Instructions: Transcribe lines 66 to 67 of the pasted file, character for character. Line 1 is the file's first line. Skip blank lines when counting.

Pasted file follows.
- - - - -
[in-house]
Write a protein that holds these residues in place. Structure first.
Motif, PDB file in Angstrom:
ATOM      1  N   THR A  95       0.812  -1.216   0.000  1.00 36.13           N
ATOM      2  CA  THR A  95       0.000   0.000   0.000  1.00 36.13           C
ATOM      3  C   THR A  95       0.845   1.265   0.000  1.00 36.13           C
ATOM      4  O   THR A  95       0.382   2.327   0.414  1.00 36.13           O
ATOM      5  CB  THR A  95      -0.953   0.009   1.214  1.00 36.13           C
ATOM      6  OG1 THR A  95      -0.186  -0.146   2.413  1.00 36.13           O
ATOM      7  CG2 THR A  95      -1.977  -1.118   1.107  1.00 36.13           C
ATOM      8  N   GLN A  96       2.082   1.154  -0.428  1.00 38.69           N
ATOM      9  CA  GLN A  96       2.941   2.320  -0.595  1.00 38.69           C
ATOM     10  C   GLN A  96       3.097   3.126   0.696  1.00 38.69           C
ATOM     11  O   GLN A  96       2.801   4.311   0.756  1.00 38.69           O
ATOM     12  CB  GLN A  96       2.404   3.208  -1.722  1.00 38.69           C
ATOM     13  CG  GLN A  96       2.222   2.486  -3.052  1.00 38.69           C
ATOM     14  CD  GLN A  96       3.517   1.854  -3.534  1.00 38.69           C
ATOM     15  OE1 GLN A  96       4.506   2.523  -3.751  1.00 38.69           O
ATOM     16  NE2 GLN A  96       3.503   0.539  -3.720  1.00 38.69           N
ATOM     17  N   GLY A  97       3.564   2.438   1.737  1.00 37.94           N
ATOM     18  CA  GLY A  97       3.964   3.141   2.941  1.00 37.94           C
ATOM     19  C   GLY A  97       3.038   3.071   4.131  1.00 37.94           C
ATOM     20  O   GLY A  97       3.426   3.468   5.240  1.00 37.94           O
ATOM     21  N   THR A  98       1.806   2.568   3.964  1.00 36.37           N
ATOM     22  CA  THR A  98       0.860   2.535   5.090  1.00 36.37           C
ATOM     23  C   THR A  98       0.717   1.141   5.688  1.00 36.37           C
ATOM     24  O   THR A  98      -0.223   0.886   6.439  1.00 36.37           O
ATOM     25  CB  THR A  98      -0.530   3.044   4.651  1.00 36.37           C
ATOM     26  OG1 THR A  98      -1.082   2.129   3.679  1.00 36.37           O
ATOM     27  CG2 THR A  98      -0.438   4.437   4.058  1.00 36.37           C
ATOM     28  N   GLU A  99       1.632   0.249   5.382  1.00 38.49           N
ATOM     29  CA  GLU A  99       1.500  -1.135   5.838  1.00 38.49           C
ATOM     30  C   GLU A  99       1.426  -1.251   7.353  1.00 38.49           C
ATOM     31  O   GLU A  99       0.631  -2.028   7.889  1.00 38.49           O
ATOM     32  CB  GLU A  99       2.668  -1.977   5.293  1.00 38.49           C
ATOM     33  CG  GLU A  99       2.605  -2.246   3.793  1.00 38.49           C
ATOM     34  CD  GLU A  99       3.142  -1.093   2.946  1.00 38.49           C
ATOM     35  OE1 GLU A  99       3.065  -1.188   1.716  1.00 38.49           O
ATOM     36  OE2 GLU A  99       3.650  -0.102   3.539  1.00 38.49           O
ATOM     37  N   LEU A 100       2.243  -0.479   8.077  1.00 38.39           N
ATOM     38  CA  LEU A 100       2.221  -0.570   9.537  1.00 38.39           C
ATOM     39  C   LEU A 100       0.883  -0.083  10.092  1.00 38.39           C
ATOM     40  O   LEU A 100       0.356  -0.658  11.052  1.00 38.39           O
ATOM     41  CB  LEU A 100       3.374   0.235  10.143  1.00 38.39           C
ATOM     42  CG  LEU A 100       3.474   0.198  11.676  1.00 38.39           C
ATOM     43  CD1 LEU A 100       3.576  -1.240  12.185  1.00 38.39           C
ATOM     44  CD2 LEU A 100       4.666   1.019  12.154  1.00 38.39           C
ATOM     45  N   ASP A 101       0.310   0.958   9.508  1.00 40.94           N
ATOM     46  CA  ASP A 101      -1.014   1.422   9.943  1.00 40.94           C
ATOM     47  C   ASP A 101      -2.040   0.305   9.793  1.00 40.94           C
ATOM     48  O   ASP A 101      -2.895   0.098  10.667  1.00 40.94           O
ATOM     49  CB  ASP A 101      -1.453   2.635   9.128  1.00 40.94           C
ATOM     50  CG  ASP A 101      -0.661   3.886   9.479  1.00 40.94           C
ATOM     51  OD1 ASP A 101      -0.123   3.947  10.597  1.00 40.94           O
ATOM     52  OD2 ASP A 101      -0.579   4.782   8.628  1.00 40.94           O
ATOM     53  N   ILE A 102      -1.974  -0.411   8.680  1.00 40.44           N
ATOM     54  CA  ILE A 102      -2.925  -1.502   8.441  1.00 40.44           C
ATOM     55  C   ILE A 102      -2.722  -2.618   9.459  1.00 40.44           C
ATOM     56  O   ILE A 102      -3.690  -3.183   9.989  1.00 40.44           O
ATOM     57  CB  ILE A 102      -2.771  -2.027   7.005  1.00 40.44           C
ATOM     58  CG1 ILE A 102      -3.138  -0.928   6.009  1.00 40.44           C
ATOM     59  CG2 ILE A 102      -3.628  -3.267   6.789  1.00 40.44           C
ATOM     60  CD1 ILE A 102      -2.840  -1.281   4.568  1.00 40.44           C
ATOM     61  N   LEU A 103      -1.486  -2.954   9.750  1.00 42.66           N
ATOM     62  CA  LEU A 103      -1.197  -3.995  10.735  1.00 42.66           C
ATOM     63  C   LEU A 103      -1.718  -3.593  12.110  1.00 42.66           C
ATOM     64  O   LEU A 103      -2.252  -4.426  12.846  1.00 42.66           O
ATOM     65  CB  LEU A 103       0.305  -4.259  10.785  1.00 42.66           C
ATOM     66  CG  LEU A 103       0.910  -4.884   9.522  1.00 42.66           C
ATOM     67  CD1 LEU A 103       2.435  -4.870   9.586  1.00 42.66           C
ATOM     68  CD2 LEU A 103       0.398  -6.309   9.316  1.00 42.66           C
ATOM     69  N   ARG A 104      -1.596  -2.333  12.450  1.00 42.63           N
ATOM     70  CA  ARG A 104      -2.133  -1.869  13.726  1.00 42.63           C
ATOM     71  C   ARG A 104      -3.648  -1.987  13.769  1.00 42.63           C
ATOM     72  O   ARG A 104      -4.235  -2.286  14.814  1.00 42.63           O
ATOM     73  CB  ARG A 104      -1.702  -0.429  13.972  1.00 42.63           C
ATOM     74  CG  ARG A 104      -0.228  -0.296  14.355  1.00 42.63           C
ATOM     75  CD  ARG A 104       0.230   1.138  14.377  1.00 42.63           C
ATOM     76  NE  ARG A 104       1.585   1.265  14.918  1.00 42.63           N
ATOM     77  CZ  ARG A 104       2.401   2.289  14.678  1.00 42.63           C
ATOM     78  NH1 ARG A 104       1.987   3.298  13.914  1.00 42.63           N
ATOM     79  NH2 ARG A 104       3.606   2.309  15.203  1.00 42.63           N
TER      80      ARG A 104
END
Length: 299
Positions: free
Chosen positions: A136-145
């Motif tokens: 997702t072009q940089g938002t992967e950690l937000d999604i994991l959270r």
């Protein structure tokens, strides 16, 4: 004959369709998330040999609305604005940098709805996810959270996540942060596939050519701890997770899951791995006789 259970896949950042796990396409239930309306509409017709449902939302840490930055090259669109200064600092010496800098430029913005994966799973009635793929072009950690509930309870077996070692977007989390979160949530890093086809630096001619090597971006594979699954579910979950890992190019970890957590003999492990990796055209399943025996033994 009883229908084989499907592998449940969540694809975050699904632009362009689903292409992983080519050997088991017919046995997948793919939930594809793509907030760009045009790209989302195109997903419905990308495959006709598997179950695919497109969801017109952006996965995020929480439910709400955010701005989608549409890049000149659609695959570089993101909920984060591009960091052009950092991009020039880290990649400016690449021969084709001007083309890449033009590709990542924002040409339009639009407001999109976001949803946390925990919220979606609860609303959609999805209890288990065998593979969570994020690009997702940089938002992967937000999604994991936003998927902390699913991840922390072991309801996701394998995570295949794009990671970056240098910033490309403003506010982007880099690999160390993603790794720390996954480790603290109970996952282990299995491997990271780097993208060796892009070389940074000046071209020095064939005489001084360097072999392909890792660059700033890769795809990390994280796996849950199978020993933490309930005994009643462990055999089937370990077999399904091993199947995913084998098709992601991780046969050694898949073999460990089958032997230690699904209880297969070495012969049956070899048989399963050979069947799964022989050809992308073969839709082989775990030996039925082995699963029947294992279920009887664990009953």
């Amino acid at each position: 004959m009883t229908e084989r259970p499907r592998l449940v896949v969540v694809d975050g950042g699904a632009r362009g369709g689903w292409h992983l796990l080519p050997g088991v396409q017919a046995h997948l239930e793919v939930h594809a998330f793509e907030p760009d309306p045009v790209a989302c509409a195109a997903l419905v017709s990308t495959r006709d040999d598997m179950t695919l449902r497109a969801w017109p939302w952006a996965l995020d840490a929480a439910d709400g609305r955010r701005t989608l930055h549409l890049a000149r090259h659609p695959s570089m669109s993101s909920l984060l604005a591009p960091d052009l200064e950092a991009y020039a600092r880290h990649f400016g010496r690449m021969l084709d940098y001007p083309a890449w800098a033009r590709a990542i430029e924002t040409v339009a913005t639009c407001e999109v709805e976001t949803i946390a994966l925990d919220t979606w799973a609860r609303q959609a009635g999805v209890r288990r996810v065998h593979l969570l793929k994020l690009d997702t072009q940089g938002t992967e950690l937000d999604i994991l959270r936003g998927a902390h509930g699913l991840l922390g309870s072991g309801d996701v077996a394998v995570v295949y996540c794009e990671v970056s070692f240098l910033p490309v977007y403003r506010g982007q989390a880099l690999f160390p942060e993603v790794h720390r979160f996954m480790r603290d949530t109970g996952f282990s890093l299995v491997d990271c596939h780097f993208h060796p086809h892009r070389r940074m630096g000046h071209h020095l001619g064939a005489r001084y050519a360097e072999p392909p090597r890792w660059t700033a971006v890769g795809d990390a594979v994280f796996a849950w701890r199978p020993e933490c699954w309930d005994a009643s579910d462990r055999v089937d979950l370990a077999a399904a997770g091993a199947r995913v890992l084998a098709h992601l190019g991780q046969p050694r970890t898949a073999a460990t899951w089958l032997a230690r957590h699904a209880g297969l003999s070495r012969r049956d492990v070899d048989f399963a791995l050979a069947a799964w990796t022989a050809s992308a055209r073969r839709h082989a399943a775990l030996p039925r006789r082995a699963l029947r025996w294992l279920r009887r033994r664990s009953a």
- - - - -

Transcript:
ATOM     63  C   LEU A 103      -1.718  -3.593  12.110  1.00 42.66           C
ATOM     64  O   LEU A 103      -2.252  -4.426  12.846  1.00 42.66           O